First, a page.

Conor Cooney was the top scorer for the Galwaymen, with a series of frees in the second half that helped to see off the challenge of the men from the Glens of Antrim. Loughgiel for whom Liam Watson put six frees between the posts were trailing by a single point at the break, 0-6 to 0-5. Two Watson frees in the second half were all the Shamrocks could manage. Eddie McCloskey scored their only point from play just before the break, to keep his side in the contest after the first thirty minutes.  But it could have been a very different result if a beautifully struck shot from Benny McCarry had found the net instead of glancing off the post in the first five minutes.

Bernard Burke is congratulated

Bernard Burke is congratulated

St Thomas’ must be fairly unique as it has three sets of brothers on the team, six of them from the Burke family. The club concentrates only on hurling and won their first Galway senior championship last year. Precedent was on their side as no Galway club had ever lost in a club semi-final replay. Likewise, no Antrim side had ever won a replay at this stage. So congratulations to the tribesmen, who go on to meet Kilcormac-Killoughey from County Offaly in the final at Croke Park on St Patrick’s Day as part of a double bill in which Ballymun Kickhams are up against Roscommon and Connacht champions St Brigid’s in the club football final. So no Ulster involvement in the finals this year.

St Thomas's players wind down

St Thomas’s players wind down

MONAGHAN HURLING

Dr Croke Cup

Dr Croke Cup

The words “Monaghan” and “hurling” don’t sit naturally together. Monaghan is a footballing county, although the Farney men have never succeeded in winning the Sam Maguire Cup. But after this evening’s result in the Allianz National League, when Monaghan were defeated by neighbours Cavan at Breffni Park, perhaps the time has come for a change! If you look closely enough at the reflection in the silver of the cup, you can see how I managed to include the Tipperary colours of my tie in the picture!

This afternoon during a visit to my mother-in-law in Castleblayney, which is also my mother’s home town, I was pleased to get an opportunity to see the spoils of Kilkenny’s hurling victories. There was the Liam McCarthy Cup, presented to the All-Ireland senior champions. Alongside it was the Dr Croke Cup, the trophy for the National Hurling League champions of 2012, having defeated Cork in the final (www.gaa.ie report).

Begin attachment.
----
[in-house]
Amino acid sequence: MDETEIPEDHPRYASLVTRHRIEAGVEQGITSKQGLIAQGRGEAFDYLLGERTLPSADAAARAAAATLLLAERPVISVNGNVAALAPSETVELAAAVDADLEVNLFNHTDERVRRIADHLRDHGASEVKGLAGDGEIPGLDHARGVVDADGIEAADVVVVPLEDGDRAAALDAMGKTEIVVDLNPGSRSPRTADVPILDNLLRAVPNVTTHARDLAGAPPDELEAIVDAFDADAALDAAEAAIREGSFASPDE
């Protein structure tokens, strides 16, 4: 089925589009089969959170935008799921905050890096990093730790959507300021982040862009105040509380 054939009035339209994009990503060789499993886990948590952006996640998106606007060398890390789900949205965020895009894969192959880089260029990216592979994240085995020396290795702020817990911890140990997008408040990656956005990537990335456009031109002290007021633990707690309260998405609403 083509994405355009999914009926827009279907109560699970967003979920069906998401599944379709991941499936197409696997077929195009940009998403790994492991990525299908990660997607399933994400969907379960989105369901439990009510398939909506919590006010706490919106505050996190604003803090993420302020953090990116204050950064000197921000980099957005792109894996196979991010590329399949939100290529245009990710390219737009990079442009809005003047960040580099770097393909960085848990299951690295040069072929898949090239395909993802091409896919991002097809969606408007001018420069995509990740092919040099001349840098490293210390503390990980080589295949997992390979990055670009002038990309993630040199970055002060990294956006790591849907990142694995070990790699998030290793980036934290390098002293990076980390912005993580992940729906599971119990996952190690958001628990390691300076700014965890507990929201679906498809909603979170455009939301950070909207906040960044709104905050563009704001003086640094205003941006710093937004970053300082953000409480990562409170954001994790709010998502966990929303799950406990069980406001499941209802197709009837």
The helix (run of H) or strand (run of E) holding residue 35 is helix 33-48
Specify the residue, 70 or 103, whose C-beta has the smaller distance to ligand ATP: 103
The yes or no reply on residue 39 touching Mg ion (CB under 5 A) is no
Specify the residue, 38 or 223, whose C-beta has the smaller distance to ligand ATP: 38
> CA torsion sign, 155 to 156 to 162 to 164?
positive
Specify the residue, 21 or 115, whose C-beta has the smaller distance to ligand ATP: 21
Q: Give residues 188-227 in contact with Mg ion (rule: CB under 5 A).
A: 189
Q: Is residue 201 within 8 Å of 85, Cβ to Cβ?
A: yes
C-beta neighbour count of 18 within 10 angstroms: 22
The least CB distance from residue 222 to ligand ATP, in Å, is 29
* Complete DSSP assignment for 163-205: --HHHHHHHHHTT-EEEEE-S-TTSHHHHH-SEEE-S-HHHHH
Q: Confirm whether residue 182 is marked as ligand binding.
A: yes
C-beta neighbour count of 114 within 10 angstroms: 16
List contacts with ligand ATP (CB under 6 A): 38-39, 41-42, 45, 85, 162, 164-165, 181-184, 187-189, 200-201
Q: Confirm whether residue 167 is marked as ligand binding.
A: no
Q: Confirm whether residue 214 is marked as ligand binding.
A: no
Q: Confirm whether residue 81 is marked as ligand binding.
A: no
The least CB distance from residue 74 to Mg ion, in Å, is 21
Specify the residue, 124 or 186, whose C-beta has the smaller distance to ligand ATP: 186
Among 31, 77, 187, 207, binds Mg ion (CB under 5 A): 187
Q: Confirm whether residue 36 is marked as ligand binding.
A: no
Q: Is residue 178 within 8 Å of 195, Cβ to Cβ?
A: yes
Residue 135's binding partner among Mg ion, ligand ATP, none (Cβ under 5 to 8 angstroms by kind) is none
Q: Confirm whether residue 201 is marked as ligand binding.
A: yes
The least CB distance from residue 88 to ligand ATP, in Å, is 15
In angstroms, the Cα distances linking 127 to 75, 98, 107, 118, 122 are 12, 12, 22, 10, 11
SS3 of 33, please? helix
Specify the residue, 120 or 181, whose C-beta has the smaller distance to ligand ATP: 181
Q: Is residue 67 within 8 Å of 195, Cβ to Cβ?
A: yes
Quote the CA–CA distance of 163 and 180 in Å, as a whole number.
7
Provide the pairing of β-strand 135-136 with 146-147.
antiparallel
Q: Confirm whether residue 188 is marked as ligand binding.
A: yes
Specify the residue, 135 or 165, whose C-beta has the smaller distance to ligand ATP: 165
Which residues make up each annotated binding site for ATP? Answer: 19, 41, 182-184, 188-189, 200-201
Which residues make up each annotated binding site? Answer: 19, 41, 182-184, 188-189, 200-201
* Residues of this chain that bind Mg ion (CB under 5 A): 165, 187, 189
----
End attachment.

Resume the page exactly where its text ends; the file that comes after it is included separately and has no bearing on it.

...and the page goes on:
National League Champions Kilkenny

National Hurling League Champions 2012 Kilkenny (gaa.ie photo)

The trophies came to Castleblayney in the custody of Kilkenny kit manager Denis “Rackard” Cody, an important member of the county’s backroom team. I did not get a chance to ask him if his nickname came from the famous Wexford hurlers! The cups were brought to Ulster with a purpose: to encourage the development of hurling at secondary school level. The under-12s and under-14s from Our Lady’s secondary school and their counterparts from East Cavan Gaels took part in a match and coaching session run by Cody.

Kilkenny GAA

Kilkenny GAA

He joined the Kilkenny set-up in 1977 and has served as kit manager for the past ten  years. He refereed 15 county finals in all grades, and officiated also at National League level. He was elected the first Mayor of Graignamanagh in 1982 (Kilkenny People). He brings his knowledge and passion for hurling around the country. In November he visited one of the cradles of hurling, the Glens of Antrim, as a guest of the Robert Emmet club in Cushendun and helped run an underage competition.

Hurling can continue to be successful in Ulster and can only benefit from the expertise of the Noresiders. Title holders Loughgiel Shamrocks from the Glens were playing this afternoon in an All-Ireland club semi-final, which ended in a draw after extra time and will have to go to a replay. I also recall walking through the grounds of UCD in Belfield, near the sports centre, when I spotted a young lad with a Monaghan GAA top…..carrying a hurley. Such a rare sight that I felt it necessary to go up to him and congratulate him on his perseverance!